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Cause Page OMMV and TNV viruses 56, 94 Aspergillus niger 38 Sclerotinia bulborum 136 Penicillium spp. 18, 143 Excessive growth 32 Botrytis tulipae 22, 48, 50, 98, 100, 145 Ethylene + mites 108, 144 Boron deficiency 122 Falling and bashing 16 Aceria tulipae 14, 64, 106, 146 Blasting/papery flowers 110, 112 Freezing 62 Fusarium oxysporum 12, 126, 142 Rats and mice 80, 130 Rhizoctonia tuliparum 66 Botrytis cinerea 68, 102 Ethylene 30 Curtobacterium 60, 147 Excessive root pressure 124 Iron deficiency 76 Trichoderma viride 104 Ethylene 120 Excessive bulb growth 34 Phytophthora spp. 128 Ditylenchus destructor 24 Pratylenchus penetrans 134 Harvested too white 28 Pythium ultimum 114 Excessively sealed skin 36 Rhizoctonia solani 20, 52, 148 Oxidising phenols 70 Grey field slug and heath slug 132 Fermentation 72 Pythium ultimum 82 Ditylenchus dipsaci 42, 84, 138, 149 Excessive root pressure 74 TRV 96 Calcium deficiency 116, 118 TBV 54, 90 Dysaphis tulipae 40 Botrytis tulipae 48, 50, 98, 100, 145 TVX 58, 92 Drowning 78 Curtobacterium 26, 147

Tulip disea ses


Search by cause of the disease Cause Disease name Page Nematodes Potato rot nematode (Ditylenchus destructor) 24 Pratylenchus root rot (Pratylenchus penetrans) 134 Stem nematode (Ditylenchus dipsaci) 42, 84, 138, 149 Bacteria Yellow spot/hell fire (Curtobacterium) 26, 60, 147 Animals Mouse gnawing 80, 130 Rat gnawing 130 Slug damage 132 Physiological Bulb blueing 32 Cracking flowers 122 Damage 16 Flower desiccation 110, 112 Frost damage 62 Gummosis 30 Hollow stems 124 Leaf chlorosis 76 Multiple stems or shoots 120 Nose rot 34 Pseudo cork spot 28 Rattle bulb 36 Short brown roots 70 Soapers 72 Sweating 74 Topple (leaf and stem) 116, 118 Water damage 78 Insects and mites Bud necrosis (Rhizoglyphus, Tyrophagus) 108, 144 Dry bulb mite (Aceria tulipae) 14, 64, 106, 146 Tulip bulb aphid (Dysaphis tulipae) 40 Fungi Black mould (Aspergillus niger) 38 Black slime disease (Sclerotinia bulborum) 136 Blue mould (Penicillium spp.) 18, 143 Fusarium bulb rot (Fusarium oxysporum) 12, 126, 142 Grey bulb rot (Rhizoctonia tuliparum) 66 Grey mould (Botrytis cinerea) 68, 102 Leaf tip wilting (Trichoderma viride) 104 Pink rot (Phytophthora spp.) 128 Pythium root rot (Pythium ultimum) 114 Rhizoctonia disease (Rhizoctonia solani) 20, 52, 148 Soft rot (Pythium ultimum) 82 Tulip fire (Botrytis tulipae) 22, 48, 50, 98, 100, 145 Viruses Augusta disease (OMMV, TNV) 56, 94 Tobacco rattle virus (TRV) 96 Tulip breaking virus (TBV) 54, 90 Tulip virus X (TVX) 58, 92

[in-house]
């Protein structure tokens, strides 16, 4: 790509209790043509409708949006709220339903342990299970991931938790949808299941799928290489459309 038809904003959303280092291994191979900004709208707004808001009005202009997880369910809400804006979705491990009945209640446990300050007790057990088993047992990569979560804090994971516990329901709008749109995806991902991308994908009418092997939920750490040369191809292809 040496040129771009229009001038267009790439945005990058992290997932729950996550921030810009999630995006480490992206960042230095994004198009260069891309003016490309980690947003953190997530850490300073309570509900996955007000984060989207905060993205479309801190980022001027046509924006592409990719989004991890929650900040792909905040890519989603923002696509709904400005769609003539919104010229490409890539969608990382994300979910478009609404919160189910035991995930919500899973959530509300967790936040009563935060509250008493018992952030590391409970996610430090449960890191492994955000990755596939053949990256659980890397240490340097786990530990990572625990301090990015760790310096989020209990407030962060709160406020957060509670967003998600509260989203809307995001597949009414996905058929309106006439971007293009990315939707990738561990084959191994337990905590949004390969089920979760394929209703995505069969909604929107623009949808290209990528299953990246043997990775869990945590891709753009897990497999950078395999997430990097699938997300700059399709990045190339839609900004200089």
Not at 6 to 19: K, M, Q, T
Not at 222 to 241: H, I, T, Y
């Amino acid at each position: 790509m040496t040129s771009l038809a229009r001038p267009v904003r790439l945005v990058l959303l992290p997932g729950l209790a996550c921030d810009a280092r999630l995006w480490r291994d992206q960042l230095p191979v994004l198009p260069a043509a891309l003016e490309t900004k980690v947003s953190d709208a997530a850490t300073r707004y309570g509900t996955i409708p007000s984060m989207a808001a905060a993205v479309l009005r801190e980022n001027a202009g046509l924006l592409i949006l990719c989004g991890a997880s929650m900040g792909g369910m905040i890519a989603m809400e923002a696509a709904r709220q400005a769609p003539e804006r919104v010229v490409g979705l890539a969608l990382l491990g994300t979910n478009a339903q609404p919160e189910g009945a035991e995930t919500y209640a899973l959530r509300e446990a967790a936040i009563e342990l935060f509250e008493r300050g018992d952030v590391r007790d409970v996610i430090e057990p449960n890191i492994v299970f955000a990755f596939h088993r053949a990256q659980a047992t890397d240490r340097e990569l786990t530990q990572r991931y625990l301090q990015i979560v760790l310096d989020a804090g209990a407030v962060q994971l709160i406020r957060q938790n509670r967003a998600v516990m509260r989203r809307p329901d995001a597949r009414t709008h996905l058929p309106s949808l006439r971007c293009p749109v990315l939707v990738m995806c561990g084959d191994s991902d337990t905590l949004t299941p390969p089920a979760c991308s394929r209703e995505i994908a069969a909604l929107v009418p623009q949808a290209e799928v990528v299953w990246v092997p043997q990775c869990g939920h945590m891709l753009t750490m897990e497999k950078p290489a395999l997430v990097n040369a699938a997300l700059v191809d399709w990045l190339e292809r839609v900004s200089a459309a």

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Introduction

The most common tulip diseases

Tulip diseases describes the most commonly occurring tulip diseases. It is indispensable for bulb growers, tulip forcers and businesses involved in garden and park planting. The book is set out so that you can look up the symptom set and associated description easily and quickly. To that end, the chapters are set out to cover the growing, bulb, plant growth and flowering phases. Each chapter begins with the most commonly occurring disease. Bulb

Bulb storage: from harvesting to planting

Plant growth Field/greenhouse Phase 1: planting until flower bud Flowering

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Field/greenhouse Phase 2: flowering until harvesting/cutting

Tulip disea ses


If you see an abnormality among the tulips, compare the symptoms with the pictures and descriptions. And you will be able to conclude quickly which type of disease or disorder it is. Each symptom set has associated information about the disease or disorder, the cause, and a short description of the symptoms (damage profile), abnormalities, which types of plants can be affected (host plants), and how to combat and prevent the problem. Information on symptoms Cause